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An Insight to Ministering

Ministering has been an abundant topic in Church and Gospel conversations worldwide for a year now. The conversations are usually about how we can go and accomplish this higher and holier program. Too often the conversations divulge back to closely mirror our conversations about home teaching. On the other side of the coin, too often we miss the point and it is suggested that this higher and holier program is about making friends and getting to know people.

First off, what is the purpose of Ministering?

A wonderful article from the January 2019 Ensign sums it up well:

"While there are many purposes of ministering, our efforts should be guided by the desire to help others achieve a deeper individual conversion and become more like the Savior."(1)
The article goes onto to explain what this looks like. It mentions things like "connecting service to the Savior", "Focusing on the Covenant Path", and "Invite and Encourage". In short, we can see that ministering is about doing those things that will draw a person to make covenants with the Savior, especially in the Lord's House.

This leads me to an insight I had about ministering this morning as I read 3 Nephi 26.

The context is needed to set the stage. Many LDS scholars agree and call the events of 3 Nephi 11-28 the "holy of holies" of the Book of Mormon. In the previous chapters before chapter 26 the Lord expounds upon and gives Malachi 3-4 unto the Nephites to write. We are told that Jesus not only recited it so they could write it down, but that he actually expounded upon the words (Jesus' elucidation of the text is not found in Book of Mormon). Chapter 26, therefore, carries on this theme as we find Jesus expounding "all things unto them, both great and small" (verse 1). Verses 3-4 expands what this means even further by telling us that the Savior started "from the beginning... even unto the great and last day, when all people... shall stand before God, to be judged of their works".

Christ, therefore, gave a whole panoramic view of the plan of redemption to the hosts of Nephites that were present. Mormon goes onto tell us that he was going to write the Savior's words down, but the Lord told him not too. Note that it is not because the Lord didn't think it was necessary for us to know; quite the opposite actually. It is for the intent to "try the faith of my people" (verse 11). Verse 9 makes it clear that the trying of our faith is supposed to eventually enable us to have "the greater things... manifest[ed] unto [us]."

The Lord then ministers to the children and loosens their tongue so they spake "even greater [things] than he had revealed unto the people" (verse 14). We are told these things are so sacred they "are not lawful to be written" (verse 18). This serves as a contrast to the words that the Savior spoke when he expounded all things. His words were at least written down, but are contained in the sealed portion of the Book of Mormon. The word's of these children were even more sacred and the Nephites were instructed to not write them for that reason.

This is where it gets interesting, we get a transition in verse 17 where the disciples begin to baptize people so that they were filled with the Holy Ghost (A side note: to me, this is not just referring to baptism and confirmation. This is speaking of being baptized by fire which includes the ordinances of the Temple or, in other words, what Joseph Smith called a "fulness of the Holy Ghost" in D&C 109:15). After this, we are told that many of these people began to see and hear things "which are not lawful to be written" (verse 18) because of their sacredness.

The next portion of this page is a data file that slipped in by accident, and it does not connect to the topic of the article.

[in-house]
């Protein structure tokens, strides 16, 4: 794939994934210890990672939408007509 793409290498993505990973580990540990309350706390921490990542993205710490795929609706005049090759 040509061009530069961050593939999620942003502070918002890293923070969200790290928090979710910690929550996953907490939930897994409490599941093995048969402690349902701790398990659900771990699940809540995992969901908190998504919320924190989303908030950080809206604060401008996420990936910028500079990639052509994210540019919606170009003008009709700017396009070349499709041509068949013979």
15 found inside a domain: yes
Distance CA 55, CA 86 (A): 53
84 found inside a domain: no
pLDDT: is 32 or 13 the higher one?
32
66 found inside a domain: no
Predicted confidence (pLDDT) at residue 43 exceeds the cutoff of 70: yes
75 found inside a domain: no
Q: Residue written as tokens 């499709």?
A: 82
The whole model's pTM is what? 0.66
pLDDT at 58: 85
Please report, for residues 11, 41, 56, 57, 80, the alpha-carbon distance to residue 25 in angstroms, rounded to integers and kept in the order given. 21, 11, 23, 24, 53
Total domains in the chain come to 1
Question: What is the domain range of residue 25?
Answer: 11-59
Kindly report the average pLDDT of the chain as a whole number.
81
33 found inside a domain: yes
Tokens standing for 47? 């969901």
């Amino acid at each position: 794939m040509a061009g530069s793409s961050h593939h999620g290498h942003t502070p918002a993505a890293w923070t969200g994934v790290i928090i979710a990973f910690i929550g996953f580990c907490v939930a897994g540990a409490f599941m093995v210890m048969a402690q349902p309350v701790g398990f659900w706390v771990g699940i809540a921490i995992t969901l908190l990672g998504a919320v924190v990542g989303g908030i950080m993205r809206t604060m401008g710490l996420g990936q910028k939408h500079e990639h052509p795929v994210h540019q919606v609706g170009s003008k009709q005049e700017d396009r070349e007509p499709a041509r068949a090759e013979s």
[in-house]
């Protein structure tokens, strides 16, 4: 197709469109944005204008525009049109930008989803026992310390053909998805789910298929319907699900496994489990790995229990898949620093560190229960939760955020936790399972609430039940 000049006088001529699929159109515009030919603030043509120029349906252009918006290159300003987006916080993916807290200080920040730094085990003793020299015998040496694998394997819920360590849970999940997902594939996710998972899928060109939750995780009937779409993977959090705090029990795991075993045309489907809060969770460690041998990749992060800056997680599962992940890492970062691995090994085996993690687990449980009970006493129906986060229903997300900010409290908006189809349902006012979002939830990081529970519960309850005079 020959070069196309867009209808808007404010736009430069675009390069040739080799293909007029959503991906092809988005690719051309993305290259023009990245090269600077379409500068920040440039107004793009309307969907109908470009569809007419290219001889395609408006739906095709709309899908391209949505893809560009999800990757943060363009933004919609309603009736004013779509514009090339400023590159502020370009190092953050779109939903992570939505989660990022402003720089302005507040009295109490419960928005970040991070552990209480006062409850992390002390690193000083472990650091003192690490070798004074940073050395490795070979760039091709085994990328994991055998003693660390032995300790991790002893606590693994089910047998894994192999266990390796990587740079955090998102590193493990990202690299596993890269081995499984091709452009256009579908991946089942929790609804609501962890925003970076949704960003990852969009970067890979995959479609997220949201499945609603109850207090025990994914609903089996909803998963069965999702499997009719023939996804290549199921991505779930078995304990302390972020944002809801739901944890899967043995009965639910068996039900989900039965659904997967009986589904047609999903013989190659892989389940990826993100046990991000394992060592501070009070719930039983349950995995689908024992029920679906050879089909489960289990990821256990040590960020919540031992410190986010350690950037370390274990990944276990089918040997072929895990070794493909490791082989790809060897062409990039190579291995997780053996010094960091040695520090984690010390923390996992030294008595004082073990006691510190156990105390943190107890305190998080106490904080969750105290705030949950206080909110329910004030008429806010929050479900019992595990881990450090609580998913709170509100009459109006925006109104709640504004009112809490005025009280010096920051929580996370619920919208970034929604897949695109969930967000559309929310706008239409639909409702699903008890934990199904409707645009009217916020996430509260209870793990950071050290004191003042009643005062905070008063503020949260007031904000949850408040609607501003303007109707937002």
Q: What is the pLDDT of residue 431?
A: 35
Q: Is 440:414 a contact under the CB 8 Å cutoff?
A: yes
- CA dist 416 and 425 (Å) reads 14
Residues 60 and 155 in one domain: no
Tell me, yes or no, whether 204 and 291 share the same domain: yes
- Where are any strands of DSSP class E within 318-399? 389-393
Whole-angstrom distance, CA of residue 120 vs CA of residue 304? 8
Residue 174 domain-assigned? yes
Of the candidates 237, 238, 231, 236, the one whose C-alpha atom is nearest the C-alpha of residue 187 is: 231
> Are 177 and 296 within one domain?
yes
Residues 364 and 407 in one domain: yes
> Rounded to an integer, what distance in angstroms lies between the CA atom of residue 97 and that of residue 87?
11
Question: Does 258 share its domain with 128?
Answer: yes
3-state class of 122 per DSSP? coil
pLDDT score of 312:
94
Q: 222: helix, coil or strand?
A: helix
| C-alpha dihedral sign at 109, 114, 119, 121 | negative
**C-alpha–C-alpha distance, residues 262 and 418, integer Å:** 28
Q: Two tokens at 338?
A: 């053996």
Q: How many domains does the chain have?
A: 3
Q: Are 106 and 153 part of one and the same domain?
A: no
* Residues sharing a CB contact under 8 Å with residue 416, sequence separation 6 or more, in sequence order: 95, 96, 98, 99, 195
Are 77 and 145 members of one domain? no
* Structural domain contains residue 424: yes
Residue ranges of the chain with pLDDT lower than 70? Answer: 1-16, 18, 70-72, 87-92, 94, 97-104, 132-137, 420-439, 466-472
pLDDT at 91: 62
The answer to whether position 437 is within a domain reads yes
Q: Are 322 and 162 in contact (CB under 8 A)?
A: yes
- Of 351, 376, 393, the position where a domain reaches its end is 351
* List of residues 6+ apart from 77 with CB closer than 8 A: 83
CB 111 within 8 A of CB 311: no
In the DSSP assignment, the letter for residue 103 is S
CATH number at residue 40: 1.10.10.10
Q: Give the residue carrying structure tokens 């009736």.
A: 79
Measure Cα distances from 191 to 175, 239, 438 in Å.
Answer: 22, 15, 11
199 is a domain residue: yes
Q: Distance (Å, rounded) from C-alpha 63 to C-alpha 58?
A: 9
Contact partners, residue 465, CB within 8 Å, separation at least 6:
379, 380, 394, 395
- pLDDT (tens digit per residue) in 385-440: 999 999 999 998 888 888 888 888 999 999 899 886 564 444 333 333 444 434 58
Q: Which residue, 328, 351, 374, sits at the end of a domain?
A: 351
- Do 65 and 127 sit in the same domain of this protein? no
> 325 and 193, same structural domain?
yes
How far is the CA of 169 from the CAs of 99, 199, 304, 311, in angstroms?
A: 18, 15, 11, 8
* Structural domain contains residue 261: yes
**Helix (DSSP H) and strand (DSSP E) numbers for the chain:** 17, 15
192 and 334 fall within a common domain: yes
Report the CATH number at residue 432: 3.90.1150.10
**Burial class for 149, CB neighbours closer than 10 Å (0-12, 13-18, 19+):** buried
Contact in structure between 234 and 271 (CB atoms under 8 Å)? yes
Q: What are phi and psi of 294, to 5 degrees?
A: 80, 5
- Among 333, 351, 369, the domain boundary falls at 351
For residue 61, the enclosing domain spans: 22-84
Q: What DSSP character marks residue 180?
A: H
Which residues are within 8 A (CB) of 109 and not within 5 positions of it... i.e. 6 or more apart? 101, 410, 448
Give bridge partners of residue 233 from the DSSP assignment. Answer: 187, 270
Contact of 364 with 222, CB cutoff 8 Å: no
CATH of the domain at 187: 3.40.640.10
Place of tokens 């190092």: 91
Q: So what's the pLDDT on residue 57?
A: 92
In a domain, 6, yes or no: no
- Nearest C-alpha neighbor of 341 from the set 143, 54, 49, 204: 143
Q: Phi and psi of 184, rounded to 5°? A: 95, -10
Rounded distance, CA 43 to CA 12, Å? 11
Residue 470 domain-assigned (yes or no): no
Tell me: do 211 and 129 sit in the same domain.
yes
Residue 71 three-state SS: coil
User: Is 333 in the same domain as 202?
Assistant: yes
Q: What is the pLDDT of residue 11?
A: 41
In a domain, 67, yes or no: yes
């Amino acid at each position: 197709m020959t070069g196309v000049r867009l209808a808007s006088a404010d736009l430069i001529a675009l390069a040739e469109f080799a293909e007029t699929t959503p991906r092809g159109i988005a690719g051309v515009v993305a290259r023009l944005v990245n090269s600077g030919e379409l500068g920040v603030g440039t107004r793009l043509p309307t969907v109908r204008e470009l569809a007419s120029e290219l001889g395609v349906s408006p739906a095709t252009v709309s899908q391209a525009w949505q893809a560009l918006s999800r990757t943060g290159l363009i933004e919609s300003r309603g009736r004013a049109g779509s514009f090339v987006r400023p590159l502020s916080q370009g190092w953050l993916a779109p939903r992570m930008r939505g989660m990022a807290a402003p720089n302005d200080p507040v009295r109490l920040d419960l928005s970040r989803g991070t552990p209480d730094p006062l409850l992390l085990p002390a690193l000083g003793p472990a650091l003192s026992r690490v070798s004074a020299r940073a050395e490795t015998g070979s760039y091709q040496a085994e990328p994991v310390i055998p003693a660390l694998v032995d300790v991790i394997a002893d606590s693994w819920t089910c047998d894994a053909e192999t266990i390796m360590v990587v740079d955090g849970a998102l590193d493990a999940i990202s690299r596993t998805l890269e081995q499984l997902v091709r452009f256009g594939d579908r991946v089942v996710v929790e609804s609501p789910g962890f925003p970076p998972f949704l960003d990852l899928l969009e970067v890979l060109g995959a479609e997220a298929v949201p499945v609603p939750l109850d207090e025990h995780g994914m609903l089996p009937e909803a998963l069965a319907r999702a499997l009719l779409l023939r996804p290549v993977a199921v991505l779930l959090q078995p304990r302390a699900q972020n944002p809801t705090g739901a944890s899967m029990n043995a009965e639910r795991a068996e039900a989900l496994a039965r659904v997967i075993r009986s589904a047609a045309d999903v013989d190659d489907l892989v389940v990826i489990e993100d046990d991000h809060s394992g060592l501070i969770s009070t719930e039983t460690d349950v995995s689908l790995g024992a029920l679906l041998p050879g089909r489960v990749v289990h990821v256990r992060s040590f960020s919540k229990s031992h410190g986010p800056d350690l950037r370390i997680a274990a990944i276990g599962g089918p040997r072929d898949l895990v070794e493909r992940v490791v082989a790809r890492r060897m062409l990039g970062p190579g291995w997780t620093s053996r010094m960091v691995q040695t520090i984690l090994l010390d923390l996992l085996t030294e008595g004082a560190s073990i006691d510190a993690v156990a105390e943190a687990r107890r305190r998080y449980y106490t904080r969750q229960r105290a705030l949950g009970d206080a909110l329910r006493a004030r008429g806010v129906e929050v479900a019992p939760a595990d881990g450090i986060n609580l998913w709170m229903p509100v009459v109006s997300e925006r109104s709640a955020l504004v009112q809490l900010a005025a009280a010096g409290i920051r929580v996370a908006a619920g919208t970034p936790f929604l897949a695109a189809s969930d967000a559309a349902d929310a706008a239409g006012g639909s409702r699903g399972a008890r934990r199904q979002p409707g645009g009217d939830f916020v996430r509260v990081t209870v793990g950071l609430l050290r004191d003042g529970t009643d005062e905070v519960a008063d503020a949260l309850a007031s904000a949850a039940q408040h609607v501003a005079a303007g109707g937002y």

It is right after this (verse 19) we have the stage set for what will happen in 4th Nephi. Verse 19 reads:
"And they taught, and did minister one to another; and they had all things common among them, every man dealing justly, one with another."
We learn at the end of the chapter that these people were called the Church of Christ. For me, this all begged the question of why effective ministering is placed unmistakably in a whole chapter where very sacred things were revealed and spoken?

Is it possible that the events found in 3 Nephi, particularly chapter 26, prepared the Nephites to be effective ministers to each other? We know that this is where Zion got its start among them when it lasted for hundreds of years in 4th Nephi.

In other words, do we undervalue revelation in our ministering efforts? We often speak about gaining revelation about the needs of our family, but that is not the kind of revelation spoken of in 3 Nephi 26.

I have long been of the opinion that the most effective revelation we can get is those things which will teach us about the Savior. The kind of revelation that will teach us what he knows, who he really is, what he has done, how he has done it, and how we relate to Him. I believe that this kind of revelation usually knocks two birds out with one stone as the needs of us and our families can usually be fulfilled by learning more about the Savior.

A ministering program that preserved a Zion people that lasted hundreds of years was preceded by a zenith of revelation. Instead of believing we do not need to understand certain things, we can begin to see how our relationship with the Savior is reflected in the spirit of revelation we have. This spirit of revelation opens our minds to the full plan of salvation which enables us to more effectively accomplish the purposes of ministering.


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